"I completely understand that specialists have more years of training than me, but to have an income four to five times that of mine for the rest of our careers is ridiculous. The problem is Medicare which dictates what private insurance companies will reimburse.
"Incentives for medical students to pursue a career in primary care by helping with student loans is not enough to change this trend in which less than 10% of medical students are going into primary care. Medicare needs to restructure the reimbursement system now so current family practitioners, internists and pediatricians will have higher pay."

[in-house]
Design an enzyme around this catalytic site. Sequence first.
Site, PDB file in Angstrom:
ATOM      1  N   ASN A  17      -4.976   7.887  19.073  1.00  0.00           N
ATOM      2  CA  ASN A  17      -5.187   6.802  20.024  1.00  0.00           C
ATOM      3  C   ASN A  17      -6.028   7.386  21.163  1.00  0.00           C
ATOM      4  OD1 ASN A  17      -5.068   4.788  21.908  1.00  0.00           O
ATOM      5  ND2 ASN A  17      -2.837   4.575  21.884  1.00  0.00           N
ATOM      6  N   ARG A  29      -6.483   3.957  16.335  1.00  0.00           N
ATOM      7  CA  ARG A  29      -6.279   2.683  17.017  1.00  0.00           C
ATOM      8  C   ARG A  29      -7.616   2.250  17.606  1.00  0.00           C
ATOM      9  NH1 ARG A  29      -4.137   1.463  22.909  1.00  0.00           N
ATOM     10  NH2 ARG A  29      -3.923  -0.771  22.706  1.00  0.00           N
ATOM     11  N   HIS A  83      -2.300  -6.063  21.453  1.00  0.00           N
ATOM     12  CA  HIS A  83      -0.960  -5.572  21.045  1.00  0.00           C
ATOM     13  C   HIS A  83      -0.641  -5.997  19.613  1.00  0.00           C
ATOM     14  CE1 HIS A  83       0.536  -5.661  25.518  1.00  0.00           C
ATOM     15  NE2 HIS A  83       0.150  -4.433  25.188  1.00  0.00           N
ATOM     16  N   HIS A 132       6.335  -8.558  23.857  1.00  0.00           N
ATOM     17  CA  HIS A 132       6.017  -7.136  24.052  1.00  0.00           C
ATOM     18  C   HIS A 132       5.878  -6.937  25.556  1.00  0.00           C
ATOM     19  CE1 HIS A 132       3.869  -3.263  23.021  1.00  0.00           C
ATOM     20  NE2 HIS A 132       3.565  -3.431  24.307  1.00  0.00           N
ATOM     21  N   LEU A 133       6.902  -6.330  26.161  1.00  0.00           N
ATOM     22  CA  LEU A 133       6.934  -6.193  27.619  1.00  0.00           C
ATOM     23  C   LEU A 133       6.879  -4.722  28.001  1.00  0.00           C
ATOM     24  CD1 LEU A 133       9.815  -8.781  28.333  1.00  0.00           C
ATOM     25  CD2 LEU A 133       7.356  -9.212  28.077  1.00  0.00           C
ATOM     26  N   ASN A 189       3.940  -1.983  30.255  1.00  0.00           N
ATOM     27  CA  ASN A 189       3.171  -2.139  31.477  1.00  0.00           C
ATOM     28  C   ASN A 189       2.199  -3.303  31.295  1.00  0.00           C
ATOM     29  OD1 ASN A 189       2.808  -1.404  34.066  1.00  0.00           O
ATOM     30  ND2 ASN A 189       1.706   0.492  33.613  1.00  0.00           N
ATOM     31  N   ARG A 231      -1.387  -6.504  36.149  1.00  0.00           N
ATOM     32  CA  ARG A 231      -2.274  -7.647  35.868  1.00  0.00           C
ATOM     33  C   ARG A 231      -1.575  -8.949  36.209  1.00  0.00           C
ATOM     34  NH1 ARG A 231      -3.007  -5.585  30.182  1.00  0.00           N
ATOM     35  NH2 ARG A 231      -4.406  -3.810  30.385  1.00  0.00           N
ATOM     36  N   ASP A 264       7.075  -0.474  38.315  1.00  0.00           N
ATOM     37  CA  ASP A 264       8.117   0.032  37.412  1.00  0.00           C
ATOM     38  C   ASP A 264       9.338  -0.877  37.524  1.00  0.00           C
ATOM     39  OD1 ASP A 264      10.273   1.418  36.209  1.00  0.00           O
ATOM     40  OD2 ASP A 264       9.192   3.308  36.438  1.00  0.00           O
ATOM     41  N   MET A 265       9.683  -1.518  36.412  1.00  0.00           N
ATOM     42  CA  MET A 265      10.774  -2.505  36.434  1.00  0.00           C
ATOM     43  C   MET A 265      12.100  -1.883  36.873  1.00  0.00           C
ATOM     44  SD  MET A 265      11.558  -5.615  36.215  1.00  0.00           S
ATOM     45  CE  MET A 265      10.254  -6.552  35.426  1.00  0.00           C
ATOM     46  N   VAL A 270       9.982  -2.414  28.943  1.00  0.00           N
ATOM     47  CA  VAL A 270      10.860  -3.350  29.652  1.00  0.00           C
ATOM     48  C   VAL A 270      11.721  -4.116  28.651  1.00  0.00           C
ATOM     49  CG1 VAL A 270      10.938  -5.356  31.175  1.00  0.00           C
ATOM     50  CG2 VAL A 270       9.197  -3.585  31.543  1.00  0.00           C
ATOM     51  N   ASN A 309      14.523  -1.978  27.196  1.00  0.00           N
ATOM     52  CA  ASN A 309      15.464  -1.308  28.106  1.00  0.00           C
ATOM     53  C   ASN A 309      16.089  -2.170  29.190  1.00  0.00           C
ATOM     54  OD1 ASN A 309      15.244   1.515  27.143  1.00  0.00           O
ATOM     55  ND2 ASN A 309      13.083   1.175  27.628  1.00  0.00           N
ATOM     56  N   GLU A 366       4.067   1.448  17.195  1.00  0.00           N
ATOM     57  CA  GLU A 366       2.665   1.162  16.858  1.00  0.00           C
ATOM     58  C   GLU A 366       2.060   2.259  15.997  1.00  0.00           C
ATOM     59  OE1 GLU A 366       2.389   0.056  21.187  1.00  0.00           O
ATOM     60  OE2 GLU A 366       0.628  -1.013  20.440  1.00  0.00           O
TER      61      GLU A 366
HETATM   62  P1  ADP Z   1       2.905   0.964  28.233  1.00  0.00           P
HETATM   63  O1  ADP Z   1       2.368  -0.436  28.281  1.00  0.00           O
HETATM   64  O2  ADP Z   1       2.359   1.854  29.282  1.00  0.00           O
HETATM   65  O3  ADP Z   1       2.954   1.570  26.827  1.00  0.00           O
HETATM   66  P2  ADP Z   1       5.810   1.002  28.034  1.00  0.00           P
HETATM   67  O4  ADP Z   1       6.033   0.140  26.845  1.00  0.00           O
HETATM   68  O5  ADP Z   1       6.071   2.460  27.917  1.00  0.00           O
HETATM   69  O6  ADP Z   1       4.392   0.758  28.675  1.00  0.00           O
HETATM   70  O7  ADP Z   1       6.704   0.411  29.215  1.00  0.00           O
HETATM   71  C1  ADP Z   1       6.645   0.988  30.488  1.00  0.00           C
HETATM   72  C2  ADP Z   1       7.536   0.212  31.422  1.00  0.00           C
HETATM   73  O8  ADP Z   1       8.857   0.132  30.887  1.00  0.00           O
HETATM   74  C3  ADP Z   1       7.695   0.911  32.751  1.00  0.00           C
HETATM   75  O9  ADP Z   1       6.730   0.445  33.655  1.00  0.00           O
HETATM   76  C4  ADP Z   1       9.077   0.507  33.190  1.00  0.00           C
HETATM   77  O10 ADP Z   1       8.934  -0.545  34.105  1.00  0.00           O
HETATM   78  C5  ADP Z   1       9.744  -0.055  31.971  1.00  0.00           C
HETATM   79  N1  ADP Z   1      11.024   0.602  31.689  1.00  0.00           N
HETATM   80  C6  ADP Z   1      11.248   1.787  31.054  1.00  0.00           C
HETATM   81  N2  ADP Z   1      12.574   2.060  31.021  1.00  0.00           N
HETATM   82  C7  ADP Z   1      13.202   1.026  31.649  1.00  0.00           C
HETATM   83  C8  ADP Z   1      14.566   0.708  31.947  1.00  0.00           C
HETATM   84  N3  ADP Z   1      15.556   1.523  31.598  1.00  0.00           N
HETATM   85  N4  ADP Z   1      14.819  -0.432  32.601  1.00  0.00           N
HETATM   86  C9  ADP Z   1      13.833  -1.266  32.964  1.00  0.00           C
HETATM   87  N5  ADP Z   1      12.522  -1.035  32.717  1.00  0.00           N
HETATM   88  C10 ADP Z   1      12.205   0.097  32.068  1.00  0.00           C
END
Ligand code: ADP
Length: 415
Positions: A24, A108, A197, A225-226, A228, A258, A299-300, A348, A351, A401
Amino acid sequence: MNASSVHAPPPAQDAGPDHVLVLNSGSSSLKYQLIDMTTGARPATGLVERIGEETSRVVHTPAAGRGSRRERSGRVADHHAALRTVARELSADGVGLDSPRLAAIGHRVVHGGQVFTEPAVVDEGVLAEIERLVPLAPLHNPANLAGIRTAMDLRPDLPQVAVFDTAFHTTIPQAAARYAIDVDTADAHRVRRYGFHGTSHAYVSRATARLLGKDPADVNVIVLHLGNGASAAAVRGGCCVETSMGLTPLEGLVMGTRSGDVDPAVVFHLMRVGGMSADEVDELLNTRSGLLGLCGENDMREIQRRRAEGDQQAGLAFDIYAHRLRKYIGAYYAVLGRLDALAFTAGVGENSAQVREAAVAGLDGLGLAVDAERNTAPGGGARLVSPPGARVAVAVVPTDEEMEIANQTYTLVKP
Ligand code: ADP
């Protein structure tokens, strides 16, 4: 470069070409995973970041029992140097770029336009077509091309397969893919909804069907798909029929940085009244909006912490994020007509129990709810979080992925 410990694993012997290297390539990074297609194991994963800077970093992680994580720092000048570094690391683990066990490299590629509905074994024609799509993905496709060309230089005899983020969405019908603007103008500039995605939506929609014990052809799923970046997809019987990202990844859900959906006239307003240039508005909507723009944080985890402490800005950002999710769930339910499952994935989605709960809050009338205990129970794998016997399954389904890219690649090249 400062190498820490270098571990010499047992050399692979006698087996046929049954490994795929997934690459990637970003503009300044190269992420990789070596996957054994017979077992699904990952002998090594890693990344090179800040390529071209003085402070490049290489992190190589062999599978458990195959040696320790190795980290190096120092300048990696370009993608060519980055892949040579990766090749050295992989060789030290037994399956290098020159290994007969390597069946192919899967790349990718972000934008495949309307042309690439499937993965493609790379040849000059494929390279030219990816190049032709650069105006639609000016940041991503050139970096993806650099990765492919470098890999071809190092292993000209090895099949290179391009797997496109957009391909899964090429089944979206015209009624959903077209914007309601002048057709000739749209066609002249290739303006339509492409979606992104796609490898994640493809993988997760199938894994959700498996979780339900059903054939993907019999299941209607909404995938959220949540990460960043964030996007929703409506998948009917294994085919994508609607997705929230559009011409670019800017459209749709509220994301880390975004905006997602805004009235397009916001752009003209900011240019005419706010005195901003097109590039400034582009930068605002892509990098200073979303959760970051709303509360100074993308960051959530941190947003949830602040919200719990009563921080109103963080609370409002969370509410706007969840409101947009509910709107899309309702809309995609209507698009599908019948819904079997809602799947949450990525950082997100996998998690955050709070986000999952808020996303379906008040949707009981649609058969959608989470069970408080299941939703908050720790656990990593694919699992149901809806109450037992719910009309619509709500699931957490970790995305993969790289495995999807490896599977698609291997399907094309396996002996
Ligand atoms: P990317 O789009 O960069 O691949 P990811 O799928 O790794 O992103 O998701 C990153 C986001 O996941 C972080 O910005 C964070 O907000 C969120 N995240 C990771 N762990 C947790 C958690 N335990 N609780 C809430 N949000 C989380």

"Regarding nurse practitioners and physician assistants, I don't feel they should be relied on to the same degree as physicians. My training for medicine involved a very intense 12 years. A PA has 2 years of training that is much less intense. I have worked with many NPs and PAs and believe me they need advice from their supervising physician more often than not. Mistakes are made by the ones that not consulting with their supervising physicians. It is simply a matter of the intensity and length of our training that clearly separates us from an N.P. and P.A. Working 80-100 hrs/week in residency teaches you a lot."